This week I also tried sea beans in a salmon dish, which was another hit, although I have to say it was a bit lacking in color.  Isn’t it a bummer when something delicious doesn’t look very pretty?  Well, I’ll take delicious any day. For color, though, this might shine next to some sliced fresh tomatoes, as soon as tomatoes start coming this summer.   By the way, if you cannot get sea beans, this dish would still taste lovely all on its own.  However, they add texture and a satisfying crunch, as well as hints of salty seaside. 

Seaside White Salmon

Marinade Ingredients (modified from The Bride & Grooom First and Forever Cookbook):

  • ½ cup olive oil
  • ¼ cup dry white wine
  • 3 T fresh rosemary or other herbs of your choice (rosemary stands up to cooking, though)
  • 1 tsp kosher salt
  • 2 cloves garlic
  • Half of an onion

Main Ingredients

  • 1 lb white salmon
  • 2 medium red potatoes
  • 1 onion
  • 1 large fennel bulb
  • 1 cup sea beans


  1. Preheat oven to 425˚.
  2. Combine all the marinade ingredients in a blender or food processor.  Puree until smooth.  Place the fish into a shallow dish and pour marinade over it. Let it rest on the counter for 20-30 minutes. 
  3. While the fish is marinating, chop the onion and the fennel, and slice the potatoes paper-thin.  Using a mandoline is helpful here but not necessary. 
  4. Combine the onion and fennel at the bottom of a baking dish that will later easily accommodate the salmon.  Then arrange the potatoes in a layer over the onion and fennel, overlapping the slices, if necessary.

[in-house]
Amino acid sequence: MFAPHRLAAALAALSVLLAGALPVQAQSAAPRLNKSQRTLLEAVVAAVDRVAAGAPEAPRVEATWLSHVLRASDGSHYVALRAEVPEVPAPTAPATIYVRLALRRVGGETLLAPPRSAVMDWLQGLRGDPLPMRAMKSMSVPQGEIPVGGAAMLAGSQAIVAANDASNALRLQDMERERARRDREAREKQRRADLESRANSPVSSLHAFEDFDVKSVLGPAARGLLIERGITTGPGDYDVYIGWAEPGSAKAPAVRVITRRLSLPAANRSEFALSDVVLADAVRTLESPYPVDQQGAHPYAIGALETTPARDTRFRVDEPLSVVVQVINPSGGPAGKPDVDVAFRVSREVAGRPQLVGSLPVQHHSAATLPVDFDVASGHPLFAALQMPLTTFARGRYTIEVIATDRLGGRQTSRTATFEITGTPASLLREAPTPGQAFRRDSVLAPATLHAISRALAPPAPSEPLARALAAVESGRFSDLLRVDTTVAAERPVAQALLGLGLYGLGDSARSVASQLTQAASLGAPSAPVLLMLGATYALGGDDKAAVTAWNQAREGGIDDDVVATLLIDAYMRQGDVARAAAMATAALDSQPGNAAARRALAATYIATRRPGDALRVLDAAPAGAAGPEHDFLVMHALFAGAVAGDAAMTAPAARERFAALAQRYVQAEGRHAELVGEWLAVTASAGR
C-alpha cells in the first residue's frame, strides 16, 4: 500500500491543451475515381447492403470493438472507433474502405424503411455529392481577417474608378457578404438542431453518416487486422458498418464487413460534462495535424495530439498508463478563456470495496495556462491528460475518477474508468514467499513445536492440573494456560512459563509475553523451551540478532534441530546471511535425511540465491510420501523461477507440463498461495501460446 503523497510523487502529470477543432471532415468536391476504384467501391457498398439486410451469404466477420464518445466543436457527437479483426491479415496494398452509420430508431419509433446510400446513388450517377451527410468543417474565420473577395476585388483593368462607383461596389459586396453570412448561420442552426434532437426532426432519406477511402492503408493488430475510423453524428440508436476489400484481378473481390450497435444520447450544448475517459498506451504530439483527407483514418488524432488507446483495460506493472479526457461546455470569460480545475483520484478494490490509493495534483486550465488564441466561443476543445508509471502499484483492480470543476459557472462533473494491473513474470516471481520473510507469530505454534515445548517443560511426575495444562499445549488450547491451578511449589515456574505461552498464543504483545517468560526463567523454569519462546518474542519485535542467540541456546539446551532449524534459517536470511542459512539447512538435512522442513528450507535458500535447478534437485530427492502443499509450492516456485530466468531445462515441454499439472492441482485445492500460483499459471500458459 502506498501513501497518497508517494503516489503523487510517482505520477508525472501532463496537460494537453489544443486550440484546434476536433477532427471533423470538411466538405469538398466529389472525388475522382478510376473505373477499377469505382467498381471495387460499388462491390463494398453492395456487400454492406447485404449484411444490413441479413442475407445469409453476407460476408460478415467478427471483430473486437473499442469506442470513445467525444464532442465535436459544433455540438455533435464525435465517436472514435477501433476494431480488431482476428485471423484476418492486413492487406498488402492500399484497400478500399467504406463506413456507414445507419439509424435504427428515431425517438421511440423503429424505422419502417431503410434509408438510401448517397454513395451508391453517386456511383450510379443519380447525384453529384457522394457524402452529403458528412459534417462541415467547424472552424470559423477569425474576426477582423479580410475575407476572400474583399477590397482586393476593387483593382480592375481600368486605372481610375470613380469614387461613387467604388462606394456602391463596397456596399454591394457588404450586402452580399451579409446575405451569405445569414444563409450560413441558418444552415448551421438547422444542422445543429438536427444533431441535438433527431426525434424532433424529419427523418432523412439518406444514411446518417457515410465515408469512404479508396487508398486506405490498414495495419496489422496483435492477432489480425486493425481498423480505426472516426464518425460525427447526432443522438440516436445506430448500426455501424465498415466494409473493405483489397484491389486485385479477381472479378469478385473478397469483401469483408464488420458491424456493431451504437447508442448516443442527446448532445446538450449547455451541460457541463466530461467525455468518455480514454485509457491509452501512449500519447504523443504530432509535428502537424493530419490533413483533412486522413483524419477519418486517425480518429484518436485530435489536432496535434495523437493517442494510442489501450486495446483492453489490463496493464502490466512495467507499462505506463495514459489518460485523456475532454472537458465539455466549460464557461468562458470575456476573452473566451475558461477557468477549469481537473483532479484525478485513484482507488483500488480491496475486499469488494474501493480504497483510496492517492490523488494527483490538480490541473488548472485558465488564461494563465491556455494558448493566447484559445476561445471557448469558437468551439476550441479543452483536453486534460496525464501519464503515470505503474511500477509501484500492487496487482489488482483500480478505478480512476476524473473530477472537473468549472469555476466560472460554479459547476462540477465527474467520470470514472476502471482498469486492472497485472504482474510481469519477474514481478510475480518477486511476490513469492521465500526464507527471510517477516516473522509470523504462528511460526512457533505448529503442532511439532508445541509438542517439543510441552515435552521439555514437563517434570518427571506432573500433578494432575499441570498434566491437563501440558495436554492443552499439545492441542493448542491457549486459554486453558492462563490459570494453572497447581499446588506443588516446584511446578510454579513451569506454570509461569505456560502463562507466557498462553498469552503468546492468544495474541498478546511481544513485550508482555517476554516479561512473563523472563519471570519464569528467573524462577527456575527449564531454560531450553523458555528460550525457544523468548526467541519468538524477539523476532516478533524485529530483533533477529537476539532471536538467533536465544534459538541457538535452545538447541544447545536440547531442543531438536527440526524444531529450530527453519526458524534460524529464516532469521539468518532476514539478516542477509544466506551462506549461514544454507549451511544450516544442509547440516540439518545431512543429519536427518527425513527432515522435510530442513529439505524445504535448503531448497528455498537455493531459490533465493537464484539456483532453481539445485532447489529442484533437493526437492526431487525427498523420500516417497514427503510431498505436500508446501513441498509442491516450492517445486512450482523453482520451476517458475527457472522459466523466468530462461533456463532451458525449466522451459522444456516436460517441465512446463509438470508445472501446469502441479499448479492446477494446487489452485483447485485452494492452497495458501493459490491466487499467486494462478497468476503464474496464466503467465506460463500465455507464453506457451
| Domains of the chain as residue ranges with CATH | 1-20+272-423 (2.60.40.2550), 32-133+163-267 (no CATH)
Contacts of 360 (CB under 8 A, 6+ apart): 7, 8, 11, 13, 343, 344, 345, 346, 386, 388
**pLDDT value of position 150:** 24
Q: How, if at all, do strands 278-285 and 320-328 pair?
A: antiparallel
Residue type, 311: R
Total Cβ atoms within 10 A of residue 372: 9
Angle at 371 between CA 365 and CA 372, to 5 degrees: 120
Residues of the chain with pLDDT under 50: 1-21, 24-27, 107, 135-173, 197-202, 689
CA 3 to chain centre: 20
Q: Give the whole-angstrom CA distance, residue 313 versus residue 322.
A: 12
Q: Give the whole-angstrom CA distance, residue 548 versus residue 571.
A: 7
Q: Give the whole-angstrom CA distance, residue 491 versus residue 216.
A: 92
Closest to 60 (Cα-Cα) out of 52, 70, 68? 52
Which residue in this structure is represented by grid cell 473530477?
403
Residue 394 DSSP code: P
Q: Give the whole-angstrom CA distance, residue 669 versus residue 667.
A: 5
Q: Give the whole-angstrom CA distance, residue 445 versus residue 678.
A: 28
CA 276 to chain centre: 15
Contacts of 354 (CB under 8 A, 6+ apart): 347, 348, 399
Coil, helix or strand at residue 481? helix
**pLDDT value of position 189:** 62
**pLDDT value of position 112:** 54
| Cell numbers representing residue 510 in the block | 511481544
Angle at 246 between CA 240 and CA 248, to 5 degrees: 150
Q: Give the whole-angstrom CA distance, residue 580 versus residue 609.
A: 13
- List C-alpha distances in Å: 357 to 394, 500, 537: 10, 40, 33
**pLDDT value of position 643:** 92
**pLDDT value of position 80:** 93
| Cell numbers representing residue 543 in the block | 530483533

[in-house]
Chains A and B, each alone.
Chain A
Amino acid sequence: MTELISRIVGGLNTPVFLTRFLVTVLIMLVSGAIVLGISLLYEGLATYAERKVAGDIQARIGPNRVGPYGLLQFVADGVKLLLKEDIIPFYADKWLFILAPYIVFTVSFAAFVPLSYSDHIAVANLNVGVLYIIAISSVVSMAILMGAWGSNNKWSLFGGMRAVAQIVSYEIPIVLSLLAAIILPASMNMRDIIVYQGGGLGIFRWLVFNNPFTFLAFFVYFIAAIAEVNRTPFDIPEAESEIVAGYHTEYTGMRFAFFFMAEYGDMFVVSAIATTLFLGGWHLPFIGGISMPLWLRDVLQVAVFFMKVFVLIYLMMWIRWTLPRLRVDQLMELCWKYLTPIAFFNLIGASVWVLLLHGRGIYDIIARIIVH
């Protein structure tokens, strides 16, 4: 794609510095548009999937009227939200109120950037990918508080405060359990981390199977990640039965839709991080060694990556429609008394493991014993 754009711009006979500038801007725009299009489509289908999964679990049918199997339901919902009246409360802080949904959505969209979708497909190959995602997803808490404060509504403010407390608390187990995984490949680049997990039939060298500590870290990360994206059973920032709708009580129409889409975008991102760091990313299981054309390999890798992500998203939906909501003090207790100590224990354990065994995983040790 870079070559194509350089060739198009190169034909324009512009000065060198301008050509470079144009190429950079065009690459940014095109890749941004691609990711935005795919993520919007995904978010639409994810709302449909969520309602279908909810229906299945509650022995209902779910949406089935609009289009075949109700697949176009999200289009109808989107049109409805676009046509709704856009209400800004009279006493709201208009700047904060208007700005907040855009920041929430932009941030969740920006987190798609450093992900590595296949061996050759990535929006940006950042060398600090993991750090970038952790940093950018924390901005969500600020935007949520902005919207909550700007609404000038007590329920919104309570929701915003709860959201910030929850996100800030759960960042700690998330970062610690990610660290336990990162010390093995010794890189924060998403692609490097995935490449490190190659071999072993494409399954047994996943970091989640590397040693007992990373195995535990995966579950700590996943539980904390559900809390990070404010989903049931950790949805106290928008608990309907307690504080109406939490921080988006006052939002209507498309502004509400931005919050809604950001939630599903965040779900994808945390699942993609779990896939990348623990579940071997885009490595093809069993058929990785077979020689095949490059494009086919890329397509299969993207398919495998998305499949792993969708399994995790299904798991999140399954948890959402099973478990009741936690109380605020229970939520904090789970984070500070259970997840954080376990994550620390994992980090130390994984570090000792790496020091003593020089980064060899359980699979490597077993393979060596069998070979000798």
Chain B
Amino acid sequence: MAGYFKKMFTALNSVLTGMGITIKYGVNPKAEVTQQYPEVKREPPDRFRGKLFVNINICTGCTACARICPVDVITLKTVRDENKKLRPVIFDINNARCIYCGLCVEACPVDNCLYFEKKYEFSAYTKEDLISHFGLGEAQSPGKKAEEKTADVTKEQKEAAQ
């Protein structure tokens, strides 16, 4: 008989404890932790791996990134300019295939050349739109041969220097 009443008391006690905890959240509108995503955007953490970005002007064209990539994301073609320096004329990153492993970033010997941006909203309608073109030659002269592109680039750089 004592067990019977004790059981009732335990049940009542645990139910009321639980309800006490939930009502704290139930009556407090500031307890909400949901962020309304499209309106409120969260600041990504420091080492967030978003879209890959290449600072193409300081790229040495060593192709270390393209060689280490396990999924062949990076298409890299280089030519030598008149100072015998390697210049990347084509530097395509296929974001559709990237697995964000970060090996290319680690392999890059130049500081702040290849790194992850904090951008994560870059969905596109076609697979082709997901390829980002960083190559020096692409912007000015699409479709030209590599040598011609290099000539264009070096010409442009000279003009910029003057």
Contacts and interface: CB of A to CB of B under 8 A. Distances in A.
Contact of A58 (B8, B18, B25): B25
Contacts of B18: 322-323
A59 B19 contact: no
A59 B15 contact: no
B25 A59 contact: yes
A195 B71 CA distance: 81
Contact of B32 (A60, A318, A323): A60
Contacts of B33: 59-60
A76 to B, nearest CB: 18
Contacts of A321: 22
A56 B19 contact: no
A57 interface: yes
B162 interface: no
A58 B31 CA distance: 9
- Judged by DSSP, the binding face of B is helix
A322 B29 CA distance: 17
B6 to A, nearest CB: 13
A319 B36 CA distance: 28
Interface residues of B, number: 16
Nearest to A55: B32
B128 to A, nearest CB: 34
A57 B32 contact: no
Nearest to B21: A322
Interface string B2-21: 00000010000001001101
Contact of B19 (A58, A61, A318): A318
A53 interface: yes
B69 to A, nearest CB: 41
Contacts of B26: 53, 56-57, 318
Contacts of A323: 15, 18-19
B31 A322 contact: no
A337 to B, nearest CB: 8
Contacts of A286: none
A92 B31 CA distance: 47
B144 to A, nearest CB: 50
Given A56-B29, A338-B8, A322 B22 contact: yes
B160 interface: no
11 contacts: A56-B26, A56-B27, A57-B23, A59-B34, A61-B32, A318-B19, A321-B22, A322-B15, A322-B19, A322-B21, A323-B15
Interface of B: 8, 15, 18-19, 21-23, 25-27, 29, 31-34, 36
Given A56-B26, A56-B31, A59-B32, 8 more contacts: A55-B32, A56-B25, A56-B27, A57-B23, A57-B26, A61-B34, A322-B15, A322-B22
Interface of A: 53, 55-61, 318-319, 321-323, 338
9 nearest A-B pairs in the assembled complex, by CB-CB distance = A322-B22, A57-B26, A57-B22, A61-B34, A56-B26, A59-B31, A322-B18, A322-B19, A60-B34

5. Place salmon on top of the potatoes, and spoon most of the marinade over the fish and the potatoes. 
  6. Cover tightly, and cook for 30 minutes.
  7. While salmon is cooking, rinse sea beans and chop them coarsely.
  8. After removing the dish from the oven, lift salmon from the bed of vegetables, transfer it to a cutting board, and slice it into 4 pieces.
  9. Gently mix the sea beans with the vegetables and sauce.
  10. To serve, place a few large spoonfuls of the vegetables and sauce on a plate, and place salmon atop the bed.   

 Serves 4.


Mac & Cheese Theory by Anne



Ahhh…nothing says “summer” like piping-hot mac & cheese.  Ice cream? Sno-cones? Overrated! 


Well, I’m kidding.  However, if your cheese plate from that backyard gathering left you with some tired leftover slices of cheese, you now have the beginnings of the best mac & cheese ever made. Yes, it’s 90 degrees outside, and you are a piping-hot person.  But I’m talking an easy dinner that will blow your mind with its deliciousness, not to mention a zesty, lunchtime companion to your crisp salad tomorrow.  And virtuously, you didn’t waste that beautiful cheese that people were too full to finish off earlier today.  How much better does it get? How can it be better than the Best?


Beecher's "World's Best" Mac & Cheese

The aptly named “World’s Best” Mac & Cheese comes from Beecher’s Handmade Cheese, a cheese shop located at Seattle’s Pike Place Market.  Beecher's creates their mac & cheese with their own artisan cheese made from local cows’ milk, along with a few other key ingredients.  I went down to Beecher’s a couple of years ago to sample some of this legendary stuff, having already tasted another World’s Best macaroni & cheese at Sylvia’s, a soul food restaurant in Harlem.  That was some good eatin', and very hard to beat.  Yes, I was a little jaded.  How could it be better than Sylvia’s?